Long ago, the peoples of Mindanao had already realized the truth of the message underpinning A Common Word. As the implementation of the 1996 GRP-MNLF Peace Agreement remain problematic and the GRP-MILF talks unresolved after a decade, the peoples of Mindanao have realized that creative solutions must be implemented to finally end the conflict that has robbed millions of them of a bright future. We realize that Mindanao is our common land, a land that we can only enjoy if we can forge a common peace.
Interfaith dialogue has become a vital tool in forging a common peace for Mindanao, advancing as it does mutual understanding between people of different faiths and facilitating collaborative action across religious lines. Dialogue among the Christian and Muslim clergy has been an enduring element of interfaith dialogue in Mindanao.
Peace advocates know that the involvement and support of religious actors is critical to the success of peace building in the region. When they truly espouse the goals of dialogue, religious professionals — the ulama, the priests, and the pastors, among others — have the capacity to guide and motivate their members to move from fear and distrust toward greater understanding and mutual tolerance.
The problem lies in the manipulation — even the perception of manipulation — of such dialogues. In 2009, for instance, government tasked the influential Bishops-Ulama Conference (BUC) to conduct multi-stakeholders dialogues after the failure of the government negotiations with the Moro Islamic Liberation Front. These dialogues, after the conflagration that left 700,000 homeless in August 2008, were criticized by many stakeholders as pro-government.
The contributions of interfaith dialogue programs toward the larger task of peace building in Mindanao are significant. However, the dialogues, successful at the high level, do not really reach the religious actors at the grassroots, especially the Muslim religious. We need to engage our ulama and imams to become more pro-active and thus neutralize negative manipulation by political powers.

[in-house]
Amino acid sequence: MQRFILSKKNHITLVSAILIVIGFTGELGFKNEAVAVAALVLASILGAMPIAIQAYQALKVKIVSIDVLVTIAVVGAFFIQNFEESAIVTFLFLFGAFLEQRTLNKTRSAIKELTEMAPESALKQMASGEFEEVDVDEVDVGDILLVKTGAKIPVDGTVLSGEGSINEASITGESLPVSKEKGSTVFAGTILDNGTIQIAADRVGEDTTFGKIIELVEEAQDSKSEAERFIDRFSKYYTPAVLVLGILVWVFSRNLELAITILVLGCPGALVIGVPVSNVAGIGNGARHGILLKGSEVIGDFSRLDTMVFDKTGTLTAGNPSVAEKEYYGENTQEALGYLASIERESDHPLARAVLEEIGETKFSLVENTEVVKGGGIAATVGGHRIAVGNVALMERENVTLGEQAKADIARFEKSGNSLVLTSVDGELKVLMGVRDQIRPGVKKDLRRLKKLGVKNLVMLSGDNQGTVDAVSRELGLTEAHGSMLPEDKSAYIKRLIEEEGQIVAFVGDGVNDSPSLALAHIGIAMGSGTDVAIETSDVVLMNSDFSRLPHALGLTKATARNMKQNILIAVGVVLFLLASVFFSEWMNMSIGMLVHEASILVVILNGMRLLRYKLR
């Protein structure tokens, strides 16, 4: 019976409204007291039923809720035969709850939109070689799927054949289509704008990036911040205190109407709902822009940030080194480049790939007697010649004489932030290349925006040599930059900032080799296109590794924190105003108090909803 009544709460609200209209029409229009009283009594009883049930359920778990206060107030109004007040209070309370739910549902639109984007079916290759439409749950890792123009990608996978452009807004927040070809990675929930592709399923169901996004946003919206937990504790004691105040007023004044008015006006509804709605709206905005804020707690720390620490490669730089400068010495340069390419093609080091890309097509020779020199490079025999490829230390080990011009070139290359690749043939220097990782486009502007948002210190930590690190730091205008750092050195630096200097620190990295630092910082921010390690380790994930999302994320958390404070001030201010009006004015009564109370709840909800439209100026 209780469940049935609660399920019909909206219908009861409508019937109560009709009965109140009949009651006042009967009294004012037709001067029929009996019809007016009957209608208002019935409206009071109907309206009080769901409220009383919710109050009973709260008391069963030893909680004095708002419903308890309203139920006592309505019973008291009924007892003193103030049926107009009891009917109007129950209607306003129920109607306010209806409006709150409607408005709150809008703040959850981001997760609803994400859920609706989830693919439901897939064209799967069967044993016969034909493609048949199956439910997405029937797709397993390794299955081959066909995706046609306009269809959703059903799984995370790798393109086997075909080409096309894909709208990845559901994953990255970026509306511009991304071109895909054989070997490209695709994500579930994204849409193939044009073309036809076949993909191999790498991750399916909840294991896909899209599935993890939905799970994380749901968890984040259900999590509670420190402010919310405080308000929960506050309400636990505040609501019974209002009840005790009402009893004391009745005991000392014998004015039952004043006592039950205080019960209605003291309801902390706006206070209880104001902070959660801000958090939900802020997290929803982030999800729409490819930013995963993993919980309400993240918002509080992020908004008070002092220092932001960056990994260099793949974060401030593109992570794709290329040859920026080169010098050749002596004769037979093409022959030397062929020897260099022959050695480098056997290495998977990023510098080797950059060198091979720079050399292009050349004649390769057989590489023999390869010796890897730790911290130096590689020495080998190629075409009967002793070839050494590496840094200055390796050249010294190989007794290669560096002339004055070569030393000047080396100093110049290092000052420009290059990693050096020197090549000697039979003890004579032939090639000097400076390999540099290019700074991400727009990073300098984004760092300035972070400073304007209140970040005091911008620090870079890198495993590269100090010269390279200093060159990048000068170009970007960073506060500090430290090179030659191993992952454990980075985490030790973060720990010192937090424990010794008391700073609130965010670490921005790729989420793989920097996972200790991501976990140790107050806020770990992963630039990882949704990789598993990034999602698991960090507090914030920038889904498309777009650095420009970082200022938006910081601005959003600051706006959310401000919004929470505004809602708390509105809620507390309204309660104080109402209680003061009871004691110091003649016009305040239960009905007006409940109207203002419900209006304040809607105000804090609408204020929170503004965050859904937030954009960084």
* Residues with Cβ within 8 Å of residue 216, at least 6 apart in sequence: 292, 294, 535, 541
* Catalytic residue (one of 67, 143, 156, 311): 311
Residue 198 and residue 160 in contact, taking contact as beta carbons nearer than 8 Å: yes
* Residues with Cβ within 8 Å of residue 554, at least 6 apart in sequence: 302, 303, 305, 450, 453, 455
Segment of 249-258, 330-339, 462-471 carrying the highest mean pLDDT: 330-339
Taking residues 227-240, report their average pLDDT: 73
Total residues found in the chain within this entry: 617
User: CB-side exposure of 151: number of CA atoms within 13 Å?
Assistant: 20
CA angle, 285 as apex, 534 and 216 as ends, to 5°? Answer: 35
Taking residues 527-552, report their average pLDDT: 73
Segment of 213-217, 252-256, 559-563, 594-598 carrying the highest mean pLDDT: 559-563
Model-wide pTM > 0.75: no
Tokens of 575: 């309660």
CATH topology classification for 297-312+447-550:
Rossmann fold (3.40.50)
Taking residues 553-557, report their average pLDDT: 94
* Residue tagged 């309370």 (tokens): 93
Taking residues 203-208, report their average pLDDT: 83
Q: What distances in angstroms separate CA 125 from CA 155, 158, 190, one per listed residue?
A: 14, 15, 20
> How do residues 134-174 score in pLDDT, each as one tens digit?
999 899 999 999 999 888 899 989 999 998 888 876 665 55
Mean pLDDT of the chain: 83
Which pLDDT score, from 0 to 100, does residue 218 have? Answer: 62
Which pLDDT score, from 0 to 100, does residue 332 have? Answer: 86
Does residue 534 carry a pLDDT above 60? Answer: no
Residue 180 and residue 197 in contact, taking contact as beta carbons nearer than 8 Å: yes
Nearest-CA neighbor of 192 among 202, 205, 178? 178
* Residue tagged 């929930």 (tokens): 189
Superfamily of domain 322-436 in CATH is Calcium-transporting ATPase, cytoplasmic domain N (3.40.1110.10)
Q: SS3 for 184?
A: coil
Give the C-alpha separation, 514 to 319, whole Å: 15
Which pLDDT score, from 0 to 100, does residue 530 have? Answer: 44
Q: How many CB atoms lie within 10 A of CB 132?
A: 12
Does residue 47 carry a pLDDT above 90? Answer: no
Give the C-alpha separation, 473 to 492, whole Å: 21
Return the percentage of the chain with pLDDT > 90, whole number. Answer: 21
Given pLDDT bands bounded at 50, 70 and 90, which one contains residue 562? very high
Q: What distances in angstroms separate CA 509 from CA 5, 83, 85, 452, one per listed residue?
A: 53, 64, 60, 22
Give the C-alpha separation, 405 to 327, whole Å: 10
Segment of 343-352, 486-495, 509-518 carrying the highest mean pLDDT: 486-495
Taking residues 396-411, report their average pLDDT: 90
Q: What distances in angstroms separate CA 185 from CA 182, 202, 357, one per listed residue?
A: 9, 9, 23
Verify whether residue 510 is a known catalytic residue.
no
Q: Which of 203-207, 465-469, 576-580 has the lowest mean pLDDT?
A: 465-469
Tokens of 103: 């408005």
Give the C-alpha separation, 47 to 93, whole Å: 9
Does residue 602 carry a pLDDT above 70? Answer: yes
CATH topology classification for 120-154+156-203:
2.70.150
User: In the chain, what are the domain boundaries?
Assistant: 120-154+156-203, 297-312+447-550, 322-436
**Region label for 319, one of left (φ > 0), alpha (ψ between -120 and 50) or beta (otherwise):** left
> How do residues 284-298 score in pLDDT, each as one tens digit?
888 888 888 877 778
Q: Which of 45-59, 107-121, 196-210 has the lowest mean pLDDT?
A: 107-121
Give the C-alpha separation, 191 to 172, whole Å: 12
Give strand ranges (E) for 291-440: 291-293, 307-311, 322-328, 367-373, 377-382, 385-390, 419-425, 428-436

A Common Word is a significant document that gives us a powerful platform for strengthening interfaith dialogue and collaboration amongst the Muslims who view interfaith dialogue as something driven by the Christian churches. This year, with the support of AUSAID, we in the Philippine Center for Islam and Democracy will have discussions of A Common Word down to the village level by engaging our ulama, aleema, civil society, and our youth through workshops. In October, we will have a national forum to which we will invite leaders of the different faiths.
Reaching out simultaneously — from grassroots and at the national level — will generate more synergy for establishing a truly pluralistic society.
While it is true that a political resolution to the conflict has yet to be reached by the warring parties, more than three decades of committed work at enhancing dialogue between the Muslim and Christian communities in Mindanao has succeeded at least in building bridges and advancing greater understanding among people of different faiths. After all, we go to the same schools, buy at the same markets, do business with one another.
As far as peace is concerned, the foundation for a truly successful peace process is in the hands of the people and their faith leaders, who continue to talk to each other and live with each other on common ground.
Source: Mindanao Examiner